Earlier in the morning, bailiffs read out a final warning to protesters shortly before workers, backed by police, moved in and began dismantling barricades in one section of the site, using box cutters to remove ties.

Footage from the scene showed police tearing down supply and first aid tents, as well as a study area used by students.

Trucks with cranes were also used to pick up debris left behind from the broken barriers, plastic sheets and umbrellas.

Clear-up monitors

The clearance is the result of a court order obtained by a bus company which says the protests have disrupted its business.

While the order covered three portions of the Admiralty site, including the main Connaught Road area, Hong Kong police spokesman Cheung Tak-keung said officers would also clear blocked roads.

He said they would clear away barricades from a second protest site at Causeway Bay "at an appropriate time". About 20 people remain there, the South China Morning Post reports.

Image caption Workers in white hats started cutting into barricades as the clearance operation began
Image caption Trucks carrying cranes moved in to clear some of the debris left behind
Image caption The protests have been blocking the city centre for more than two months

Some pro-democracy politicians joined the students at the site and academics and a police watchdog were monitoring the clearance operation.

Some protesters, however, packed up their tents as Thursday dawned.

"I'll probably leave just before the action because my job would be difficult if my name was recorded by police," one 29-year-old protester told AFP news agency.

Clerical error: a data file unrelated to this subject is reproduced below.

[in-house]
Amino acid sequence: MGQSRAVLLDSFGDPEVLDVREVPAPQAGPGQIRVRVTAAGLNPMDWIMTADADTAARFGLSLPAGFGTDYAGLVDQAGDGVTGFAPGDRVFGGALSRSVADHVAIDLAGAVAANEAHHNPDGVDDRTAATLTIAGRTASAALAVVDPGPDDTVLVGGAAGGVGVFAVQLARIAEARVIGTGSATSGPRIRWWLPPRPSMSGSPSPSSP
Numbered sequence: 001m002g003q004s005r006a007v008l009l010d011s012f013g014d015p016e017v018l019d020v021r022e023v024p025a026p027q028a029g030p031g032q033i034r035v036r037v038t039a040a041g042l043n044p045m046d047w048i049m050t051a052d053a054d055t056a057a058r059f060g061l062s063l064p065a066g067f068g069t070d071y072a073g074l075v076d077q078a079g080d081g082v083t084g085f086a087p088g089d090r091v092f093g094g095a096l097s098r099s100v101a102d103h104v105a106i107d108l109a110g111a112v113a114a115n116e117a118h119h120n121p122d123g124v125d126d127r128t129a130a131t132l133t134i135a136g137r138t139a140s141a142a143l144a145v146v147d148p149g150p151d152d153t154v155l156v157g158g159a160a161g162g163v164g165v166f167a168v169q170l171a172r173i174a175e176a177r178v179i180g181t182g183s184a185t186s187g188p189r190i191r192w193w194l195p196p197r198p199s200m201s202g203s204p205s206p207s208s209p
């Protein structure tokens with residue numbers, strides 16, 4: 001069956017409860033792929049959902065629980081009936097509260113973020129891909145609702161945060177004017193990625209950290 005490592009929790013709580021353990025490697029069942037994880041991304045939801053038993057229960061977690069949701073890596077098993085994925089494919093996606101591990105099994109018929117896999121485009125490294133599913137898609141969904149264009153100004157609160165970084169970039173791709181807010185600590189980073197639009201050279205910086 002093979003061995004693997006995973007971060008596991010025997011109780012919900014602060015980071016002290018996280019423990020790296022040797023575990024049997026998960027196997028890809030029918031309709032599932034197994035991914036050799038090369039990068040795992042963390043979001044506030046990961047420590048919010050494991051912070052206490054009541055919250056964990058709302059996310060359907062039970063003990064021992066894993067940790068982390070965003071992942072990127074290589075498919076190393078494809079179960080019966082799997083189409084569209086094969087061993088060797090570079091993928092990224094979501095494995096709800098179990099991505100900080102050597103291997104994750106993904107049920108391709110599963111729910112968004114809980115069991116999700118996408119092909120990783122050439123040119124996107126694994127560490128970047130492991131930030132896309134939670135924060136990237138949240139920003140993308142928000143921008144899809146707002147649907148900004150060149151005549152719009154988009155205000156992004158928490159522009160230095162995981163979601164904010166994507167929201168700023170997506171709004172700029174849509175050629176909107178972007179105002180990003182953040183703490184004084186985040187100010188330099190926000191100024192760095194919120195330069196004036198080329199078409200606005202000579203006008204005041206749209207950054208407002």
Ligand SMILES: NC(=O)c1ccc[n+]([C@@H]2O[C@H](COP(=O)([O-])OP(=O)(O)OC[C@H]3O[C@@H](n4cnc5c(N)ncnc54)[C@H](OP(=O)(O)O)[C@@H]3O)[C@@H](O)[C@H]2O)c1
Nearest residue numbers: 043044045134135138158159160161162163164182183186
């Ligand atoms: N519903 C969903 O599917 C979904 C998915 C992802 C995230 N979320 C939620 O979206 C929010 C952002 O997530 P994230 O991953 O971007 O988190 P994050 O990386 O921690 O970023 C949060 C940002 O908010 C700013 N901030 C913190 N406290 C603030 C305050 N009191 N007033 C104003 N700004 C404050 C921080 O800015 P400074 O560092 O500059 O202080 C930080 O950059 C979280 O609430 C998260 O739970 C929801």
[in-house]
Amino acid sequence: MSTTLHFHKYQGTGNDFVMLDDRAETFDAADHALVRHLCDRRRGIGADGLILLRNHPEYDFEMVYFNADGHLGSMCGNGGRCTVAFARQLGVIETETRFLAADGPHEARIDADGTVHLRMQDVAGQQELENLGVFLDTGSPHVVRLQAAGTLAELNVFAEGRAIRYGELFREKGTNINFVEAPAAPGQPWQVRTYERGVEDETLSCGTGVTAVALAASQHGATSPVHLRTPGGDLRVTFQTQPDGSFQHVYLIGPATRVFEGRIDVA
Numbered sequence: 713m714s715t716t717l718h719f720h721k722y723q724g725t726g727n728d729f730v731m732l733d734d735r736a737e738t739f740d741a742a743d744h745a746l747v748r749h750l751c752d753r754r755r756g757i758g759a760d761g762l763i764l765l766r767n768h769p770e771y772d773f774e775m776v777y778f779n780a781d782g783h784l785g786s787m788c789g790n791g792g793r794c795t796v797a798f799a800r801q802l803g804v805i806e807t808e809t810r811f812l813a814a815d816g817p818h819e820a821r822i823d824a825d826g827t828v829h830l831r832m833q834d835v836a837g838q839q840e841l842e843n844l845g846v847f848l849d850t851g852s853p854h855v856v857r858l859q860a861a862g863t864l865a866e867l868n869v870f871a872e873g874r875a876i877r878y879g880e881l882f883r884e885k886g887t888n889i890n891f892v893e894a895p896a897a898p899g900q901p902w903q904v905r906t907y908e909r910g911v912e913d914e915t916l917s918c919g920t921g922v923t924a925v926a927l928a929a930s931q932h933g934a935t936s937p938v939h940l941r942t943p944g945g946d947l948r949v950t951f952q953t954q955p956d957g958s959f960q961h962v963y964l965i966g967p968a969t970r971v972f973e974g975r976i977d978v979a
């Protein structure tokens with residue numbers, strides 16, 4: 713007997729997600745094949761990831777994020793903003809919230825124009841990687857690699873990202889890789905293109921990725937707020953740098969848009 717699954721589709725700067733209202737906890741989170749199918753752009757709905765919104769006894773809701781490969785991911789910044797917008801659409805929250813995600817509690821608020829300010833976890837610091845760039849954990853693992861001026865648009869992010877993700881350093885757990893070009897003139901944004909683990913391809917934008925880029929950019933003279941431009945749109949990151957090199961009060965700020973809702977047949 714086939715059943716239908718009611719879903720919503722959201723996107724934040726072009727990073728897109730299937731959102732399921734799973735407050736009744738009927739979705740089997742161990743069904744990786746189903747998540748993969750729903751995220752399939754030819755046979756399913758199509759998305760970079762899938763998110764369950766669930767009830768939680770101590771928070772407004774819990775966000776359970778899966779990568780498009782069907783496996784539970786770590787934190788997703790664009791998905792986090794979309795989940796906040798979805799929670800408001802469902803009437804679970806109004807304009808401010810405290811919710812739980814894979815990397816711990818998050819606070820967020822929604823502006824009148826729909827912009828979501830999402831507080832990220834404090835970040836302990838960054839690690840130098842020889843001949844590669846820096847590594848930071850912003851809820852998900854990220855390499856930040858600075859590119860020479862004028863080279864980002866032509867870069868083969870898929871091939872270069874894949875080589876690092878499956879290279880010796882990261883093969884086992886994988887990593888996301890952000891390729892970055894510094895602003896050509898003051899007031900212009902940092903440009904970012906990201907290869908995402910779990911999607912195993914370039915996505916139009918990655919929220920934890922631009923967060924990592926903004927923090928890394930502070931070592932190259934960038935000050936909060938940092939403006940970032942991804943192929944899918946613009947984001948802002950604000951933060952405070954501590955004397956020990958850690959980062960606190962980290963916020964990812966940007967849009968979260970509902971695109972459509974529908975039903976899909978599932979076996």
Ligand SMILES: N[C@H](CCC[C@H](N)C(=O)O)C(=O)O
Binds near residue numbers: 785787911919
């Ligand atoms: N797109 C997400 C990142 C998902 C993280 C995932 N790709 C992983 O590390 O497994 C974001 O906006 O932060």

Hong Kong protests: Timeline

  • 28 Sept: Occupy Central begins, as activist group brings forward its campaign after students flood the streets; police fire tear gas. Public anger brings more people out.
  • Late Sep to mid October: Major rallies that swell at weekends take place at three protests sites, but numbers slowly dwindle.
  • 21 Oct: Talks between student leaders and Hong Kong government go ahead - but go nowhere.
  • 26 Nov: Clashes erupt as Mong Kok protest camp is cleared.
  • 3 Dec: Occupy Central leaders end campaign and present themselves to police; student protests continue.

How the past two months of protests have evolved

Clashes erupted when a third protest site, at Mong Kok, was cleared last month. On Wednesday, Hong Kong's top civil servant Carrie Lam urged students to leave the Admiralty site peacefully.

Later that night, more than 10,000 people gathered at the protest site, chanting pro-democracy slogans in what many saw as a farewell to the current demonstrations.

At their height, the protests were seen as the biggest challenge to Beijing's rule in Hong Kong since the 1997 handover.

Rallies in late September and early October saw huge crowds on the streets. But numbers fell as weeks passed and many Hong Kong residents also spoke out against the protests because of disruption to the city.

Beijing has not moved from its position on Hong Kong's election process, describing the demonstrations as illegal.